Students learn STEM, communication skills on robotics team

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Photos by Anaika Miller Alia Saunders, left, and Katelynn Wilson set up a robot they built this year. Both are 9th graders and are finishing up their second year as robotics team members.

Radford High School’s and Dalton Intermediate School’s two robotics teams are reflecting on this year’s season and their plans for next year.


The teams, called the Robocats and Rockin’ R Robotics, wrapped up their second competitive season in January at the Southwest Virginia Qualifier competition. The Robocats placed ninth and the Rockin’ R Robotics placed 13th out of 22 teams. Neither advanced to the state competition.

Team members said they underestimated the intensity of robotics competitions.

“We didn’t understand until we got there that competition is real, you can’t just get it all together there,” said Luke Cundiff, an 8th grader on the Rockin’ R Robotics team.

Jennifer Eller, the robotics team coach and computer technology teacher, said she thinks the team will be better prepared for competition next year.

“They’ve seen the importance of preparing early,” Eller said.

The teams spent five months designing, building and programming robots to compete in challenges issued in September by FIRST, an organization that motivates students through its robotics competitions to pursue education and career opportunities in STEM fields.

Eller said that being on the team gives students an opportunity to learn a variety of skills.

“The students have a chance to experiences aspects of engineering, computer programming, technical writing, designing and how to become an effective problem solver,” Eller said. “They also learn the importance of team work and the role communication plays in the success of the team.”

“The students have a chance to experiences aspects of engineering, computer programming, technical writing, designing and how to become an effective problem solver,” Eller said. “They also learn the importance of team work and the role communication plays in the success of the team.”

Team members said the importance of communication was one of the main takeaways from the season.

Jerzee Johnson, an 8th grader and first-year robotics team member, said the team members didn’t start communicating well until the last couple months of the season.

Katelynn Wilson, a 9th grader and second-year robotics team member agreed.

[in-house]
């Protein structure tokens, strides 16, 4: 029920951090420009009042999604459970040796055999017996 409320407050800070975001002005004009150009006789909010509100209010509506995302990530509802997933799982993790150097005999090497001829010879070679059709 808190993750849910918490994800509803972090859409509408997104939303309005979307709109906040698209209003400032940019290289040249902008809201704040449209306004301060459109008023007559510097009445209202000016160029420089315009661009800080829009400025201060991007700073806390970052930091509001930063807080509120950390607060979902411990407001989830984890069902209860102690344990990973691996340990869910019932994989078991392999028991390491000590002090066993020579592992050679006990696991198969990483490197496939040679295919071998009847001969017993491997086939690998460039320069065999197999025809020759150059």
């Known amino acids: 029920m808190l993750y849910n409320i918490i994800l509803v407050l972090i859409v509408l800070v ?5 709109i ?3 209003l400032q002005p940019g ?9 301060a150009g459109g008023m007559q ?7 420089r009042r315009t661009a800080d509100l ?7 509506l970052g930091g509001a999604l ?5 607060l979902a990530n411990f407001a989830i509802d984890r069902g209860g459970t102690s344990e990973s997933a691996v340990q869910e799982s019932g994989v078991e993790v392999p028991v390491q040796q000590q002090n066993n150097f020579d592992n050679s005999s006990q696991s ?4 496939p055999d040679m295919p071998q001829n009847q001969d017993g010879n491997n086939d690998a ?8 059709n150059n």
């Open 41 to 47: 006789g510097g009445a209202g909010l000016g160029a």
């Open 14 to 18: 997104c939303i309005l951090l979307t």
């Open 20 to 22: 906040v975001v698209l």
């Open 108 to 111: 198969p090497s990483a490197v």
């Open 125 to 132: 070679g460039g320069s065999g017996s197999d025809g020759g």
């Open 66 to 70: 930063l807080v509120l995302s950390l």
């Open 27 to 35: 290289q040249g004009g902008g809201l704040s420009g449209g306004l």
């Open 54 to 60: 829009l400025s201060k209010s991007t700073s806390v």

“When there were ideas, it worked for only those people. That helped them, but it didn’t help us as a team,” Wilson said.

The idea for a robotics team came to Eller when she was asked to teach a science, technology, engineering, art and math (STEAM) class last year.

“I thought that creating a competition robotics team would cover all aspects of STEAM,” Eller said.

This year’s 12 team members, representing a range of grades and skill levels, said they learned a lot from the experience.

“At the beginning of the year, you think you could just slap pieces together but you actually have to do research,” said 12th grader Brian Hodge.

Eller said she especially likes the “aha” moments that students get while working.

“There’s always something for them to troubleshoot,” she said.

Eller said she is hoping to create a FIRST Lego League for 8th graders who are interested in robotics next year because she is going to limit the FIRST Tech Challenge league (which both of this year’s teams competed in) to high school students.

According to the international First Lego League website, students must be 9-14 years old to compete in the league. The FIRST Tech Challenge league does not have an age requirement but limits participation to 15 team members, which is why Eller created two teams this year after 18 students initially enrolled in the class.

Enrollment dropped to 12 by the spring, so Eller said she will only have one FIRST Tech Challenge team next year. She said she will also be teaching a Java course next year. Java is the programming language students use to program the robots.

From left, Luke Cundiff, Madelyn Caldwell, Michael Wojdak, Landon Roop and Jerzee Johnson demonstrate one of the robots’ ability to complete a competition challenge.

At least five members said they will stay on the team next year. In addition to forming friendships on the team and the hands-on learning experience, students cited Eller’s influence as one of the reasons they want to stay on the team.

“We are in middle school, high school, and still finding ourselves. She helps us find our way, and she knows what’s best for us,” Wilson said. “She sees more in us than we see in ourselves.”

“She pushes us to do our best,” Johnson said.

If interested in learning more about the program or donating to help the team purchase materials, contact Jennifer Eller at jeller@rcps.org.

The post Students learn STEM, communication skills on robotics team appeared first on Radford News Journal.

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